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...bizarre sequence of aberation...
Buncefield fire destroyed crime data
Last Modified: 16 Aug 2007
By: John Sparks
The Buncefield oil depot fire caused millions of pounds worth of damage in 2005 but it also damaged a vital crime fighting system
Channel 4 News understands that a vital back-up system to the police national computer was damaged by the Buncefield fire, with knock-on effects still felt today.
This programme has learnt that as a direct result of the fire, the government has scrapped an attempt to join the Shengen Information System (SIS), an important crime-fighting tool, because vital software was damaged.
Paid for - but never used
The SIS provides vital information of whether wanted criminal suspects are entering the country from the EU or elsewhere.
The UK has held the right to access much of this information since late 2004 - and paid £39m for its share of developing SIS - yet there isn't a single computer connected to it in the UK.
The Home Office has even trained staff to work on it, but have told Channel 4 News that because of the fire, they had abandoned trying to connect to the database in its current form.
The Schengen Information System (SIS)
The SIS is a huge EU-wide system for the collection and exchange of information between different law enforcement agencies. The information covers various policing, immigration, criminal and terror-related areas.
The SIS hub is located in a bunker in a Strasbourg suburb called Jesuitenfeld. Its back-up is in Austria and it is linked to Europe-wide police forces, security agencies and border posts. They collect the intelligence and information and exchange it by sending back it to the hub, where their European colleagues can access it.
That information is available on the desk-top for authorised officials to use and the database has been found to be enormously effective with thousands of alerts triggered every day.
'Acts of God'
Home Office officials told a House of Lords committee this spring that they had abandoned trying to connect to the first version of SIS because of computer problems and 'acts of God'
Channel 4 have discovered that these 'acts of God' refer to a fire in a building consumed in the Buncefield oil depot fire. This building held computer infrastructure designed to connect to SIS.
Also destroyed in the fire was the Police National Computer's "Hot Stand-By" back-up system, designated "national critical infrastructure" by the government as it holds details on nearly seven million offenders, crimes and property.
Questions remain as to why such a vital piece of national infrastructure was placed 100 yards from a disaster hazard.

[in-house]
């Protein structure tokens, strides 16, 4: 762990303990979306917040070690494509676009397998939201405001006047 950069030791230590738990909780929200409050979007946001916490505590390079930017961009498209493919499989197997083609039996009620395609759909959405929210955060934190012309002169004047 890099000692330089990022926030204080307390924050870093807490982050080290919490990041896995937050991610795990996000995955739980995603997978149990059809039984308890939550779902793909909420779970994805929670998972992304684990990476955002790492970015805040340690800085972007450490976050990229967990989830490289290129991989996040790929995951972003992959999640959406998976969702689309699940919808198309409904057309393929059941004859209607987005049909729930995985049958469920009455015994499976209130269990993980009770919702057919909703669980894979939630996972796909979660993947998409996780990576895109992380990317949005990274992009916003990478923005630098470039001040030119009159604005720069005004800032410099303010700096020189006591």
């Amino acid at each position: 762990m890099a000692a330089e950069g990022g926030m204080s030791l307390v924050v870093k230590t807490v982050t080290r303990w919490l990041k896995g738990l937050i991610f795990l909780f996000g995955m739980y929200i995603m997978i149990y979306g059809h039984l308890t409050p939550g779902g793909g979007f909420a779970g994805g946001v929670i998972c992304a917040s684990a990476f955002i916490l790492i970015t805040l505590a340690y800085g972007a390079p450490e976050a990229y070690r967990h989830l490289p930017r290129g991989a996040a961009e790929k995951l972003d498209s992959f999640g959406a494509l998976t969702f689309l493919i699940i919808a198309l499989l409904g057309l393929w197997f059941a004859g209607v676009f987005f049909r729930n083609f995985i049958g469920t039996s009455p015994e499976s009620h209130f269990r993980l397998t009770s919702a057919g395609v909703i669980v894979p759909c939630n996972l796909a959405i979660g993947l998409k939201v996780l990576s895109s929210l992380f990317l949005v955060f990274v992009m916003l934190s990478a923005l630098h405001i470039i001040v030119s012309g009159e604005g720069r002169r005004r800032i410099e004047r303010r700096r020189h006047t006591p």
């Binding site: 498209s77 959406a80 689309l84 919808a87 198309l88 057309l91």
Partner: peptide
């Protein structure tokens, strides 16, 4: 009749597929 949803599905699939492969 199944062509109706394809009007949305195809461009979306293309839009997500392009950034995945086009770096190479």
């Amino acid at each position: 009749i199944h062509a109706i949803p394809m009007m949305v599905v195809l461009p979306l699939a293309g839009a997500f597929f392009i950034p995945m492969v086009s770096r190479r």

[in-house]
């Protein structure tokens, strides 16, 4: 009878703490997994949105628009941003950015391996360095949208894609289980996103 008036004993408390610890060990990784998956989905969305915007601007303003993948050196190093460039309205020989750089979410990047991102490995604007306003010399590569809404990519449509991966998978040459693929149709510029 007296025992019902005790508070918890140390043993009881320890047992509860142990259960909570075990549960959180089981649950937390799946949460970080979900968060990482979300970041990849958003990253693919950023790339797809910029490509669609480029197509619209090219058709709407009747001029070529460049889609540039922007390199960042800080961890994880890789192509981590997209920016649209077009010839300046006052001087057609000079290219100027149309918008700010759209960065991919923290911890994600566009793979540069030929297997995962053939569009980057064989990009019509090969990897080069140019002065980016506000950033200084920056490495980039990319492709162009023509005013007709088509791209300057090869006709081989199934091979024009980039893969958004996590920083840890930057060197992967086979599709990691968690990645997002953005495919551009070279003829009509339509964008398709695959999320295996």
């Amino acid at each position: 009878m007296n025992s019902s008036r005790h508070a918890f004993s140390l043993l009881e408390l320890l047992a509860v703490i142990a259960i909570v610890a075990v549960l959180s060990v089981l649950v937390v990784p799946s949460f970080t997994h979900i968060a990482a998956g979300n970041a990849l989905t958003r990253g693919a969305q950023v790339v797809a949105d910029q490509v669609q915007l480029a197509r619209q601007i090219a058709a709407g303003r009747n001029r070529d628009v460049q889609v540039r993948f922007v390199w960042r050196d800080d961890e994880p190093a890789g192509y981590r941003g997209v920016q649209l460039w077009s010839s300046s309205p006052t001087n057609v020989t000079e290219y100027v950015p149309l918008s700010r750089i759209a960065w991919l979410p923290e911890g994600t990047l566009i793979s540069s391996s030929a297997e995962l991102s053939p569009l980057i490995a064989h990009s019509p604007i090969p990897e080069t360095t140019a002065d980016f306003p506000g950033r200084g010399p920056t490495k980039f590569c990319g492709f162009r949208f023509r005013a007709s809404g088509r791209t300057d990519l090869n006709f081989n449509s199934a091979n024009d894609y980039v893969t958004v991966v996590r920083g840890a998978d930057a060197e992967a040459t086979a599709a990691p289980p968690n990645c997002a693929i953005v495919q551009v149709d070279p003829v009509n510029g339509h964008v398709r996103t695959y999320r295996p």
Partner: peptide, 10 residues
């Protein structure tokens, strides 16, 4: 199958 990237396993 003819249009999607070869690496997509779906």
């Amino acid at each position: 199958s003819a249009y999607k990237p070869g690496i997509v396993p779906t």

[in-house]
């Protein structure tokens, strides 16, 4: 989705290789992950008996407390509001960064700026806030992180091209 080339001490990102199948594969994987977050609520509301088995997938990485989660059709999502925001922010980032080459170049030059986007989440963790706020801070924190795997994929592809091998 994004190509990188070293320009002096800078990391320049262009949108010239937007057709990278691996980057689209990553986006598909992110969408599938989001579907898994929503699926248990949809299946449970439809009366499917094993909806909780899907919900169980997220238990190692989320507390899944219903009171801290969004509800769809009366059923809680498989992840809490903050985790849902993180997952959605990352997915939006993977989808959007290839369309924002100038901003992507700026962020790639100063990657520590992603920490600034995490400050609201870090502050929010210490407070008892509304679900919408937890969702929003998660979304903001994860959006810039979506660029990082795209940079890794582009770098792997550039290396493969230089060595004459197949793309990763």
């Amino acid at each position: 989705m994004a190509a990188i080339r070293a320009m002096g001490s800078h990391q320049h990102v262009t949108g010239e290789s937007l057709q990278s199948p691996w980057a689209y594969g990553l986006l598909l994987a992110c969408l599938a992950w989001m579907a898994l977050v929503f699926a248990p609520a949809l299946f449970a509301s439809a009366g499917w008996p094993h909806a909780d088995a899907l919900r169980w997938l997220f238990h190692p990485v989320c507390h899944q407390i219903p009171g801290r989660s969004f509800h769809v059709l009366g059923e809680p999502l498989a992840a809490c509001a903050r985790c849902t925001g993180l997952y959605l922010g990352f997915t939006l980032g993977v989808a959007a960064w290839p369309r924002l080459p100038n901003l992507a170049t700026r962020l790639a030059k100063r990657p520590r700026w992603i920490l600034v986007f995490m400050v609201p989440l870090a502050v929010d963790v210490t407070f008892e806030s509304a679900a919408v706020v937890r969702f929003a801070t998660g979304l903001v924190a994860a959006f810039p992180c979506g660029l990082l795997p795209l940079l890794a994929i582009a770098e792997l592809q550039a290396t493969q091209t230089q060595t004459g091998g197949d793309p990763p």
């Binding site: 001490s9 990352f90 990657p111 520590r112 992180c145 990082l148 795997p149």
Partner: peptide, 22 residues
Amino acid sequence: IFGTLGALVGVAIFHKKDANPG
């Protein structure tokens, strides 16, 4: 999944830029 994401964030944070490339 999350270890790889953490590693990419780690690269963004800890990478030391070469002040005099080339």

en.wikipedia.org... Shortly before Christmas when flights were busy would make an impact.
The oil terminal supplied 30% of Heathrow Airport's fuel, and because of the fire, the airport had to start rationing fuel. Some long-haul flights to Australia, the Far-East, and South Africa had to make an intermediate stop at Stansted Airport or other European airports to refuel, while short-haul operators were asked to fuel their aircraft for the round trip before flying to Heathrow. Some aircraft were only allowed 40% of the fuel they would normally take on board. Fuel shortages continued for months after the explosion.
Looking into all the other possibilities gets confusing rapidly. Reading between the lines here could mean something. fireworld.com...
Gasoline storage facilities represent the barest minimum of risk to citizens beyond the plant perimeter except under freakish Buncefield-type conditions. It would be impossible for even the best financed, most organized terrorists to duplicate the bizarre sequence of aberation that visited so much destruction upon the typically quiet English countryside.
Buncefield could happen again, given the right circumstances of time, weather, mechanical failure and human error. However, manufacturing that set of circumstances is certainly beyond what even the most determined terrorists could manage. For more than 40 minutes, nearly 300 tons of gasoline spilled unchecked into a dike surrounding a storage tank. Slowly, a vapor cloud extended out from the tank.
Only then came ignition.
What color is a petrol vapour explosion?
There's always the possibility of miscommunication in a highly secretive operation and actions being duplicated. Not much left to judge from when it's all over.
originally posted by: kester
a reply to: intrptr
I hadn't heard of the C4 until I searched ATS for any previous mention of Buncefield. There are many possible combinations of on the ground explosives, tampering with equipment, and a missile. There's always the possibility of miscommunication in a highly secretive operation and actions being duplicated. Not much left to judge from when it's all over.
John Harris was extremely well known, I took notice when I heard what he'd said. Although I'd read several accounts of witnesses hearing what they took to be a missile or small aircraft immediately before the explosion, John's was a very rare eyewitness account. He chose not to speak of it publicly.